What we call brioche is a bread highly enriched with milk, eggs, and butter. The more eggs and butter in the ratio, the puffier the bread, the more tender its crumb, the longer it stays fresh and soft (read it as moist). Similar dough recipes exist in many cuisines and have different uses. Differently shaped and cooked, brioche is loved all over the world. Alsatian brioche can be less sweet and served with foie gras and Riesling and can be sweeter and served as a dessert with coffee.
Until a few days ago, I was sure Polish Pączki have something to do with Easter bread Paska because for a Russian speaking person this word looks like it should sound the same. I was wrong, and I was wrong. Apparently, Pączki are pronounced POONCH-key [ˈpɔnt͡ʂkʲi] and are similar to what I know as Ponchiki from my childhood. Only now I discovered their name came to Russian from the Polish language!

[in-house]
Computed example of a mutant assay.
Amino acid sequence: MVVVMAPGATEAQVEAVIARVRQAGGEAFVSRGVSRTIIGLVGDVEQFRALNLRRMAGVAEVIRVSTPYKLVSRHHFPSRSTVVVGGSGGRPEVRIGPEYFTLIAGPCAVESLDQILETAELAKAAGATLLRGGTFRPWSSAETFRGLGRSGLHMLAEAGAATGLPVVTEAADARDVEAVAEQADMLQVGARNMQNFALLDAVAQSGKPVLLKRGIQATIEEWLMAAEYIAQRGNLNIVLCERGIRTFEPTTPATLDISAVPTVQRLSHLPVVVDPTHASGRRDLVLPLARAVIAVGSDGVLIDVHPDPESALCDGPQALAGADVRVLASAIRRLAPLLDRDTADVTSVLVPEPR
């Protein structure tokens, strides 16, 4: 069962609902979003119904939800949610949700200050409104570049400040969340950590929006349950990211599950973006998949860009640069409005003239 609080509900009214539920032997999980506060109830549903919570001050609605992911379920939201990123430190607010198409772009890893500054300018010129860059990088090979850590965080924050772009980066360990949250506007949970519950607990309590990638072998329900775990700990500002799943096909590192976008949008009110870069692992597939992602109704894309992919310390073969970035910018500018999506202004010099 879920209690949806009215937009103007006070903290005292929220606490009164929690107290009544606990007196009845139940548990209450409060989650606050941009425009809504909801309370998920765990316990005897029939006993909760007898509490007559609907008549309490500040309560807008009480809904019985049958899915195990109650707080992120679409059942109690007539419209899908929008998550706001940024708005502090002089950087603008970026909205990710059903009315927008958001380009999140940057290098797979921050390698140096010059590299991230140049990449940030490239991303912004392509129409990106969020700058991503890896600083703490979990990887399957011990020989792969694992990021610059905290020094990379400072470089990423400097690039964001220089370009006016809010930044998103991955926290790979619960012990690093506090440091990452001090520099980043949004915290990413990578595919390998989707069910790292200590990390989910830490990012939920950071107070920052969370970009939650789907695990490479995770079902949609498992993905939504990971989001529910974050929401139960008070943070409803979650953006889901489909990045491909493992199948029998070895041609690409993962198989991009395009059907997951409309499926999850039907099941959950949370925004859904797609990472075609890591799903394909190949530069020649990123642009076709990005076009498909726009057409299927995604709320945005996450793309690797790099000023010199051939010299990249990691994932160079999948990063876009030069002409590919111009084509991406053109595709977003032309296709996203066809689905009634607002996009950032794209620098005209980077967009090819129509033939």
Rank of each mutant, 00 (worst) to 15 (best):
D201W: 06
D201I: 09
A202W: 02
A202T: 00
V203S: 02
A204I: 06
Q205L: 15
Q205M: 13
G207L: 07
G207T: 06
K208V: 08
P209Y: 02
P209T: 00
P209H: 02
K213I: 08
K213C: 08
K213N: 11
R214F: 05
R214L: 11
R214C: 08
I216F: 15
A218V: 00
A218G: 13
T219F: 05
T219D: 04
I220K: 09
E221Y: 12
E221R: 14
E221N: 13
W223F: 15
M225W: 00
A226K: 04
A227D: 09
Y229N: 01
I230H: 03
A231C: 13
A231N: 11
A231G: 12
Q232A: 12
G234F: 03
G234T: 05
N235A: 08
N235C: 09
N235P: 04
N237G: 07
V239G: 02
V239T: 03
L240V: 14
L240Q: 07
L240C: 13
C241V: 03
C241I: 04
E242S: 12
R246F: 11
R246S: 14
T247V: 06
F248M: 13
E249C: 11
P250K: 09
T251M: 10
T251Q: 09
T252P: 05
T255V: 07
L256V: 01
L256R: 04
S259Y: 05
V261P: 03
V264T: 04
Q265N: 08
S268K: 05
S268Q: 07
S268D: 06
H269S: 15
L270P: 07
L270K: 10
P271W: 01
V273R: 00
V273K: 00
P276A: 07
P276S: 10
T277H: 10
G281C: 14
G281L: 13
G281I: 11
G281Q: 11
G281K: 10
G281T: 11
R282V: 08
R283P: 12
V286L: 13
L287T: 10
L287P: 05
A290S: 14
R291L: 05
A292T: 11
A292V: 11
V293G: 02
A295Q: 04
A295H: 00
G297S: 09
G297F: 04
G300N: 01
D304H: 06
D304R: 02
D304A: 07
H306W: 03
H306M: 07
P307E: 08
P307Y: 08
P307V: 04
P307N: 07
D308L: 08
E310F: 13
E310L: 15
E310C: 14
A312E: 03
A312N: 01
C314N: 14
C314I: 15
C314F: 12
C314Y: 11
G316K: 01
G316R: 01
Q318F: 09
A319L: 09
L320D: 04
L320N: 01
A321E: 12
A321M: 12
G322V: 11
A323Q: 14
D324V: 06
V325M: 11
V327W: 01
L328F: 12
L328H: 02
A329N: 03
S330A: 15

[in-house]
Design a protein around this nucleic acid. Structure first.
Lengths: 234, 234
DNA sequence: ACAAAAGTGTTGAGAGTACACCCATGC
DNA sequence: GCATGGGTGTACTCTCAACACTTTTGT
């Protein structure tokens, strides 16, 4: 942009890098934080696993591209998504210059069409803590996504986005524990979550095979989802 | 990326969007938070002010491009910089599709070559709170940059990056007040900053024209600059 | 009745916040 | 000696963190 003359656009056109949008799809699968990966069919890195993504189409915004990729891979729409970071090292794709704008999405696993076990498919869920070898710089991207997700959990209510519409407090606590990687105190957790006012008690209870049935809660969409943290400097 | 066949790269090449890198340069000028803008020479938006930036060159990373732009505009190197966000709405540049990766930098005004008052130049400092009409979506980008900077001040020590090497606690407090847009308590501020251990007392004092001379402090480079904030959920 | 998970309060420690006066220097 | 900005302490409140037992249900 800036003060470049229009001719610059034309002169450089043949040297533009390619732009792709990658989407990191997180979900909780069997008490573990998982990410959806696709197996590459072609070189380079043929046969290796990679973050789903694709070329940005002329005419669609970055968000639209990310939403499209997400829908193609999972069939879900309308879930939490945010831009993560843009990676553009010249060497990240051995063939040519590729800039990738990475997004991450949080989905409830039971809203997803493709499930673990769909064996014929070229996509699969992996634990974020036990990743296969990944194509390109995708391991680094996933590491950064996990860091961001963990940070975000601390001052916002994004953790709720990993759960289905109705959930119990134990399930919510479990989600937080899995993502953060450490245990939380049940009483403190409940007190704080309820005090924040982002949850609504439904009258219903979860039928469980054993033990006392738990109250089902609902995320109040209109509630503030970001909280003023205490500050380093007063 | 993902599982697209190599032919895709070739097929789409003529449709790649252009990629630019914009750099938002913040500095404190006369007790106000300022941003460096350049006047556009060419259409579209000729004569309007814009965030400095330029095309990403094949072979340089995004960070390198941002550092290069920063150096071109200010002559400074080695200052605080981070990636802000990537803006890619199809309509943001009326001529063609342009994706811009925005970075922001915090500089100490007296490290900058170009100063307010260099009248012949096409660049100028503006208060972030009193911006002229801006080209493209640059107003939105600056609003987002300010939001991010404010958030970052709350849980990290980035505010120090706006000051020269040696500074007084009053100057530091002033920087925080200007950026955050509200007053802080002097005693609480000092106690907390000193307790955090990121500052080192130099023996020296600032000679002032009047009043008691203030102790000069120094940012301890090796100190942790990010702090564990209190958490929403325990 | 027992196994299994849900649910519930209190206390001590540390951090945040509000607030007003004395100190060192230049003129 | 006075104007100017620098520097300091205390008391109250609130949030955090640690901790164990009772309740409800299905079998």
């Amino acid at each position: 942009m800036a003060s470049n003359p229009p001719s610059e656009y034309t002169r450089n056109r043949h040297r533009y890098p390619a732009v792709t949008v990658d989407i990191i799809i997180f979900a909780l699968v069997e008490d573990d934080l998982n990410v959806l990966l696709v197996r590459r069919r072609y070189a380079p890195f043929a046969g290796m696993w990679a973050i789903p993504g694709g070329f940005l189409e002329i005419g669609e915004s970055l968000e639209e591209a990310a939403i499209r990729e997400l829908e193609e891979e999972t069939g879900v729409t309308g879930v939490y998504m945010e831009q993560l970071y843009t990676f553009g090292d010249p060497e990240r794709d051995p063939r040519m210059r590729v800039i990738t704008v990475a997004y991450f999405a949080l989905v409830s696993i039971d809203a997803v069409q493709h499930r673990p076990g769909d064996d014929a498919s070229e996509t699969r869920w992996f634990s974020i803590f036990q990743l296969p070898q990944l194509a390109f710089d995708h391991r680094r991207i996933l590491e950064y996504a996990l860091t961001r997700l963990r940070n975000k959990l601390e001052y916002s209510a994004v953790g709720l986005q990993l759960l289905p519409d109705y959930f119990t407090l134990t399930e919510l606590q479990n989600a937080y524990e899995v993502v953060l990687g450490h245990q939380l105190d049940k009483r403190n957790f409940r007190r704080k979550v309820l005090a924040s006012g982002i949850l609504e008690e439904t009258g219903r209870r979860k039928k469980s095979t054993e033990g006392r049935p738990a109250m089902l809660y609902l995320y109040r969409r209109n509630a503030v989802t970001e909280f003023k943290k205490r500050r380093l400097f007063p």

This recipe is based on my Italian friend’s story about Neapolitan Babà al Rhum.
Rum baba is brioche-like rich cake soaked in rum flavored syrup. It can be a large cake or individually portioned little cakes, served with whipped cream and tart fruit. The cake itself is less sweet than brioche, taking into account it needs to absorb a lot of syrup. It is a perfect canvas for artistically balanced flavors the soaking liquid brings into the dessert. That’s why it is important to use high-quality rum for good results.
This recipe is my simplified adaptation of German Lebkuchen recipes to local ingredients. It is based on many versions that were shared online by German home bakers — thank you!
A canelé is a classic French pastry made from the same ingredients as French crepes — eggs, milk, and sugar. The batter is the same thin. These two-bite pastries are famous for their unusual combination of textures. Long baking and high temperature turns the batter into a delicacy with crunchy caramelized crust outside and custardy sponge inside.